Autumn brownsSep 8th, 2010 | By Ian Poulton | Category: Personal Columns
In June of last year, one morning at 4 am, the sound of The Mamas and the Papas filled our car. It was overcast and raining heavily and the M50 around Dublin already had a steady flow of traffic. Our daughter was heading for San Francisco to stay with a school friend and there was only one song for the occasion, ‘California Dreamin’ .
Driving through Laois and Kilkenny at 9.30 pm this evening, there was the encouragement of light still clinging on in the sky at the Western horizon. In the city it would not have been visible, the brightness of the streetlights outshining the last remnants of the sunset. I searched for The Mamas and the Papas CD.
‘All the leaves are brown, and the skies are grey . . .’. The Mamas and the Papas singing used to sum up how I felt about the autumn. Their song said they wished they were away from the cold north east of the United States and instead were in California. I wouldn’t have minded where I was when the leaves were brown and the skies were grey, just so long as it was warm and sunny and the days lasted forever.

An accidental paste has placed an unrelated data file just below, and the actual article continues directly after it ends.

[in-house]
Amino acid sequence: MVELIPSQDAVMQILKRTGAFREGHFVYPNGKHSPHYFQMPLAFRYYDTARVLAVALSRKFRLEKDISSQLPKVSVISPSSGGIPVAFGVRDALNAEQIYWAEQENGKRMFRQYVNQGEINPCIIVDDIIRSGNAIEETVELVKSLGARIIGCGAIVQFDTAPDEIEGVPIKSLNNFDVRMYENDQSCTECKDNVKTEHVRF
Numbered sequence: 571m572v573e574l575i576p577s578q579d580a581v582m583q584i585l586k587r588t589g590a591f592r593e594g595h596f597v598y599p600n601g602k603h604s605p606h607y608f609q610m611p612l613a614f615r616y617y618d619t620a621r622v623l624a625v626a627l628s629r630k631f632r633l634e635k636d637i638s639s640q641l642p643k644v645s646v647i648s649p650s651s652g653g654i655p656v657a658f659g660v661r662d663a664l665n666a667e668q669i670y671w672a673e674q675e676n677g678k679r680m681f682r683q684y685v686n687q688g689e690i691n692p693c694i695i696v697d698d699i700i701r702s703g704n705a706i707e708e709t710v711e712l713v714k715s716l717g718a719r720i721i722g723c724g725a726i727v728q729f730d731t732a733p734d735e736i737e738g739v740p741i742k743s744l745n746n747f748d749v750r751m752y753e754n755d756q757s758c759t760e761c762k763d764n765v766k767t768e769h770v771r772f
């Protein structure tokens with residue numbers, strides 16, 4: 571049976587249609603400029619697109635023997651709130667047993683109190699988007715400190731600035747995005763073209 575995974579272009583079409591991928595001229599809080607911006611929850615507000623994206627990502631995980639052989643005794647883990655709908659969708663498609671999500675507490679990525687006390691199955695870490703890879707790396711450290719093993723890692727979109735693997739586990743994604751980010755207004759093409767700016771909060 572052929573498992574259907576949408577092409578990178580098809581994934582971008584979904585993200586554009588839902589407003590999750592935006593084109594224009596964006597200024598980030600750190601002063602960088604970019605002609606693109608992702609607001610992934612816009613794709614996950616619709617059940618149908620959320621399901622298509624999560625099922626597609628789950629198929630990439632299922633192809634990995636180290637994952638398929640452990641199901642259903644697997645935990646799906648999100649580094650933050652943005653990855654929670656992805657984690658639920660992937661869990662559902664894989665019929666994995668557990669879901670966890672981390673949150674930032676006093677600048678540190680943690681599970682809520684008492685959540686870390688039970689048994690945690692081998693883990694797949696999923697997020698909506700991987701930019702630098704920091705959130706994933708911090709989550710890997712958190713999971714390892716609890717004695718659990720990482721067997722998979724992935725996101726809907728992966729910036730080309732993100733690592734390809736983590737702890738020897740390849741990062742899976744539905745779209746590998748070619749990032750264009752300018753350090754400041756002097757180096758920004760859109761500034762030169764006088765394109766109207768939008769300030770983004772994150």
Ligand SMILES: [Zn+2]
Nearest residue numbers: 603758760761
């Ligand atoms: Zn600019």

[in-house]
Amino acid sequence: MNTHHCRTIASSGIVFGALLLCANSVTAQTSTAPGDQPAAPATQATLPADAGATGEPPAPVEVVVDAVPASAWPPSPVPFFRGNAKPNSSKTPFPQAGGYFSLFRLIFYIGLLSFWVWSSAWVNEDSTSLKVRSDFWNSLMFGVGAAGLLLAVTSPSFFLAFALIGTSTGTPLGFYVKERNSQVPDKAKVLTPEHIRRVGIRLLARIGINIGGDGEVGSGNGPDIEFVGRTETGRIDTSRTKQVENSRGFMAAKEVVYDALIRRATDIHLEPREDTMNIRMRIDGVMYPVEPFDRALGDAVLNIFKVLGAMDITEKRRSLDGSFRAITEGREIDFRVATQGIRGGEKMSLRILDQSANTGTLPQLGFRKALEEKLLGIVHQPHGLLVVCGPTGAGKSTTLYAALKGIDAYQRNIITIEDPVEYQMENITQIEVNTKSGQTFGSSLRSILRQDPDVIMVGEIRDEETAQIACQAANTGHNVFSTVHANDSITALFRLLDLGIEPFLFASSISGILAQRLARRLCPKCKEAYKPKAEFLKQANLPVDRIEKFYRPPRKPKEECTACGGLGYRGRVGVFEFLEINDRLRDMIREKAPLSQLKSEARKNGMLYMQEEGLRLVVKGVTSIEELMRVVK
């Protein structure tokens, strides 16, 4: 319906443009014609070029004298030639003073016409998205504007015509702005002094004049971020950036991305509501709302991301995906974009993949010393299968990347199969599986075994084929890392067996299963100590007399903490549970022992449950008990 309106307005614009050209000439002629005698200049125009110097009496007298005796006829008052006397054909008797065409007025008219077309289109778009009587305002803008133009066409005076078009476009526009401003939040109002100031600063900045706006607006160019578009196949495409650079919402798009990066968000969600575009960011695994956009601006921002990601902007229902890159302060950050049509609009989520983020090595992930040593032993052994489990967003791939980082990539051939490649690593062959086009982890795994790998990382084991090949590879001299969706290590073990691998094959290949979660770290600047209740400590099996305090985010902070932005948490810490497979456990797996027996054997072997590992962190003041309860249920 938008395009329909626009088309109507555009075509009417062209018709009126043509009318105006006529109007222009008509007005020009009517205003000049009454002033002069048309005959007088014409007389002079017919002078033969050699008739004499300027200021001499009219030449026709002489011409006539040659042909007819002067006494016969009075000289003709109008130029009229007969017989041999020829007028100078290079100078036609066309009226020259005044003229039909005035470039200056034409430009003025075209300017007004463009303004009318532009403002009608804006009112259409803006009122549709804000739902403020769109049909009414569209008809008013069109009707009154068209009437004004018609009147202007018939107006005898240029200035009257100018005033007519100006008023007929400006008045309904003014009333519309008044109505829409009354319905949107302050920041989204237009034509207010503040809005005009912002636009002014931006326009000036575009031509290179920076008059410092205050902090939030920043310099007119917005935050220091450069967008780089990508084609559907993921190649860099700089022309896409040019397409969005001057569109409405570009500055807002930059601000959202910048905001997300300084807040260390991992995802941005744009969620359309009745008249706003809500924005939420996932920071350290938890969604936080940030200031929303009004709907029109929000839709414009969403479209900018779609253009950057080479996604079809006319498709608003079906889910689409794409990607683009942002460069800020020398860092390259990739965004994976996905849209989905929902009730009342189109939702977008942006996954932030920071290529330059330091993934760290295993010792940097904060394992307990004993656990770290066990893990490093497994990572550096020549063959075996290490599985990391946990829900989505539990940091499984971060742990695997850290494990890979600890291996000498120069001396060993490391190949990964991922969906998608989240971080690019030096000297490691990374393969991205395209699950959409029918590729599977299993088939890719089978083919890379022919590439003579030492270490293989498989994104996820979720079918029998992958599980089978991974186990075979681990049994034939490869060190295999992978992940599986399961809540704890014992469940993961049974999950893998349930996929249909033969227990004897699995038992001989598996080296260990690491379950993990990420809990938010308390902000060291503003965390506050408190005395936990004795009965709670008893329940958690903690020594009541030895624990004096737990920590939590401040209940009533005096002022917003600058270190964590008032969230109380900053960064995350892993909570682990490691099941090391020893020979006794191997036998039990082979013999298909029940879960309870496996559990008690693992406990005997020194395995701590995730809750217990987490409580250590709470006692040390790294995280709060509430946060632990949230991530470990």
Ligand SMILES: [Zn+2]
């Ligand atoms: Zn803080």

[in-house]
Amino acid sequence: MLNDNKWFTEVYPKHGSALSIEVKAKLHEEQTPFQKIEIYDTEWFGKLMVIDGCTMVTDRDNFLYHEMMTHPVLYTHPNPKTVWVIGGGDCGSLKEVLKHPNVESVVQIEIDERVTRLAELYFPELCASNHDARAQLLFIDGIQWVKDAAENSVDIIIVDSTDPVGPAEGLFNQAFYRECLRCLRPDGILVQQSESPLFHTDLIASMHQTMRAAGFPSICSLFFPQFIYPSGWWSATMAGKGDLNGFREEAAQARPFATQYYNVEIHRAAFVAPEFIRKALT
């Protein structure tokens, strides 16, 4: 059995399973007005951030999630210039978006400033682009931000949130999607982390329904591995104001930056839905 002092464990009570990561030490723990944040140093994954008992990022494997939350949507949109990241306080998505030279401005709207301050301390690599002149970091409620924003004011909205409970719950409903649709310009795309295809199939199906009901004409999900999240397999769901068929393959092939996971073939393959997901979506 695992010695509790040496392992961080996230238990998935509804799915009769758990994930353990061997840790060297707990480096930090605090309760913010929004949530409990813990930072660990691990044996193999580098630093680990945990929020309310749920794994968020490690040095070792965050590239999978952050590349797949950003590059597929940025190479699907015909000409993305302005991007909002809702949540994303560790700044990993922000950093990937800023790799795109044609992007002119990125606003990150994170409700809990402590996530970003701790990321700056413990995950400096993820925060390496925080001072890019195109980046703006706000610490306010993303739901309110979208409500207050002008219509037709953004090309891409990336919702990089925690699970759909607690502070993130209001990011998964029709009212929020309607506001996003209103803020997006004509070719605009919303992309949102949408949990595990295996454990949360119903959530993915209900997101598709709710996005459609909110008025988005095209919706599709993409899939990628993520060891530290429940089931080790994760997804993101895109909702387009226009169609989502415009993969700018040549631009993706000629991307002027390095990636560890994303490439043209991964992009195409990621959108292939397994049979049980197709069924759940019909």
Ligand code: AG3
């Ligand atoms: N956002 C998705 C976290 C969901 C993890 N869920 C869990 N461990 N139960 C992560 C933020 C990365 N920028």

I long ago gave up my dream of becoming rich and spending six months of the year in Australia and the other six months in the south of France.
I have never liked the autumn; since I was a child I’ve always dreaded the shortening of the days. I remember talking to someone in a hospital, about twenty years ago, about it. ‘SAD’, she said.
‘Yes’, I said, ‘it is’.
‘No’, she said. ‘SAD – seasonal affective disorder, it’s caused by a lack of light’.
I could have told her that. I don’t know if the clinical name for feeling miserable in the autumn has changed since then. Whatever its name, feeling like the words of California Dreamin’ remains the same.
Autumn is not really a season, though, it’s more a state of mind, as Tom Stoppard’s Guildenstern puts it:
Autumnal-nothing to do with leaves. It is to do with a certain brownness at the edges of the day… Brown is creeping up on us, take my word for it… Russets and tangerine shades of old gold flushing the very outside edge of the senses… deep shining ochres, burnt umber and parchments of baked earth-reflecting on itself and through itself, filtering the light. At such times, perhaps, coincidentally, the leaves might fall, somewhere, by repute. Yesterday was blue, like smoke.
A brownness at the edge of the day? That captures the mood perfectly.